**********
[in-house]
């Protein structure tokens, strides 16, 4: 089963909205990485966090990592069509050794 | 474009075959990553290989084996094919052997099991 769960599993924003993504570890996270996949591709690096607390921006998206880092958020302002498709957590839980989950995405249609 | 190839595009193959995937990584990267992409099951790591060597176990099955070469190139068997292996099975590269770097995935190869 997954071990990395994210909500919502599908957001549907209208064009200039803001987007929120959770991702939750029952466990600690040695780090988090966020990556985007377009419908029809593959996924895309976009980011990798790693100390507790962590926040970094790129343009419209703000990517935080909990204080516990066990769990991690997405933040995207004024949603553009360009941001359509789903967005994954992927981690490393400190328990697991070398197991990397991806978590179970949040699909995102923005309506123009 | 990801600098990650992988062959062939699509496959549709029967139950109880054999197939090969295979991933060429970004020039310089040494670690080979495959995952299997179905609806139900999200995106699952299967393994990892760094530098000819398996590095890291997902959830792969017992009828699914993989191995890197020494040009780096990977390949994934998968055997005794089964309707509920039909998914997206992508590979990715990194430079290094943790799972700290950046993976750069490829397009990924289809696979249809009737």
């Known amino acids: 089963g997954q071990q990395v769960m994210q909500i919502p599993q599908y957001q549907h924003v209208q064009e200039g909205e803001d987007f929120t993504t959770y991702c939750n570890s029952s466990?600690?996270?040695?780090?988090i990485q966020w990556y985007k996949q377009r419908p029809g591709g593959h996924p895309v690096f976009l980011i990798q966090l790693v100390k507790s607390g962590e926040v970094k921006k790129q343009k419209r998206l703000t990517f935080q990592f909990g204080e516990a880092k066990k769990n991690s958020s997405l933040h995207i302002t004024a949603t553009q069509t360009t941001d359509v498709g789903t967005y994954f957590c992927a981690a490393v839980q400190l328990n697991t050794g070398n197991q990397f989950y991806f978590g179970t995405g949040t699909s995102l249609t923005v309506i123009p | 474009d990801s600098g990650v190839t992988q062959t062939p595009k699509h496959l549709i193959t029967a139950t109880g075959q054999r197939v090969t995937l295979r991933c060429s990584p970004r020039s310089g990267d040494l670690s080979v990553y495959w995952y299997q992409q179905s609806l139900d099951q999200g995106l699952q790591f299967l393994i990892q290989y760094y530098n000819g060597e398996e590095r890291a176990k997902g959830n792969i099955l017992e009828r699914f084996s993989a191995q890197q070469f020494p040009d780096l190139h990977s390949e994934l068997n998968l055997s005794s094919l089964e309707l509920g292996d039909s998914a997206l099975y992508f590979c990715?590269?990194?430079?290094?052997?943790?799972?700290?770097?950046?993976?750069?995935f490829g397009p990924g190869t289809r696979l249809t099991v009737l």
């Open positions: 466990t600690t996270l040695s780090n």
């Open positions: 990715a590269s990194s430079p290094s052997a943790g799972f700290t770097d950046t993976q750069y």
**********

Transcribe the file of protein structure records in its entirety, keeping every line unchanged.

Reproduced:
[in-house]
């Protein structure tokens, strides 16, 4: 089963909205990485966090990592069509050794 | 474009075959990553290989084996094919052997099991 769960599993924003993504570890996270996949591709690096607390921006998206880092958020302002498709957590839980989950995405249609 | 190839595009193959995937990584990267992409099951790591060597176990099955070469190139068997292996099975590269770097995935190869 997954071990990395994210909500919502599908957001549907209208064009200039803001987007929120959770991702939750029952466990600690040695780090988090966020990556985007377009419908029809593959996924895309976009980011990798790693100390507790962590926040970094790129343009419209703000990517935080909990204080516990066990769990991690997405933040995207004024949603553009360009941001359509789903967005994954992927981690490393400190328990697991070398197991990397991806978590179970949040699909995102923005309506123009 | 990801600098990650992988062959062939699509496959549709029967139950109880054999197939090969295979991933060429970004020039310089040494670690080979495959995952299997179905609806139900999200995106699952299967393994990892760094530098000819398996590095890291997902959830792969017992009828699914993989191995890197020494040009780096990977390949994934998968055997005794089964309707509920039909998914997206992508590979990715990194430079290094943790799972700290950046993976750069490829397009990924289809696979249809009737």
């Known amino acids: 089963g997954q071990q990395v769960m994210q909500i919502p599993q599908y957001q549907h924003v209208q064009e200039g909205e803001d987007f929120t993504t959770y991702c939750n570890s029952s466990?600690?996270?040695?780090?988090i990485q966020w990556y985007k996949q377009r419908p029809g591709g593959h996924p895309v690096f976009l980011i990798q966090l790693v100390k507790s607390g962590e926040v970094k921006k790129q343009k419209r998206l703000t990517f935080q990592f909990g204080e516990a880092k066990k769990n991690s958020s997405l933040h995207i302002t004024a949603t553009q069509t360009t941001d359509v498709g789903t967005y994954f957590c992927a981690a490393v839980q400190l328990n697991t050794g070398n197991q990397f989950y991806f978590g179970t995405g949040t699909s995102l249609t923005v309506i123009p | 474009d990801s600098g990650v190839t992988q062959t062939p595009k699509h496959l549709i193959t029967a139950t109880g075959q054999r197939v090969t995937l295979r991933c060429s990584p970004r020039s310089g990267d040494l670690s080979v990553y495959w995952y299997q992409q179905s609806l139900d099951q999200g995106l699952q790591f299967l393994i990892q290989y760094y530098n000819g060597e398996e590095r890291a176990k997902g959830n792969i099955l017992e009828r699914f084996s993989a191995q890197q070469f020494p040009d780096l190139h990977s390949e994934l068997n998968l055997s005794s094919l089964e309707l509920g292996d039909s998914a997206l099975y992508f590979c990715?590269?990194?430079?290094?052997?943790?799972?700290?770097?950046?993976?750069?995935f490829g397009p990924g190869t289809r696979l249809t099991v009737l």
């Open positions: 466990t600690t996270l040695s780090n």
């Open positions: 990715a590269s990194s430079p290094s052997a943790g799972f700290t770097d950046t993976q750069y």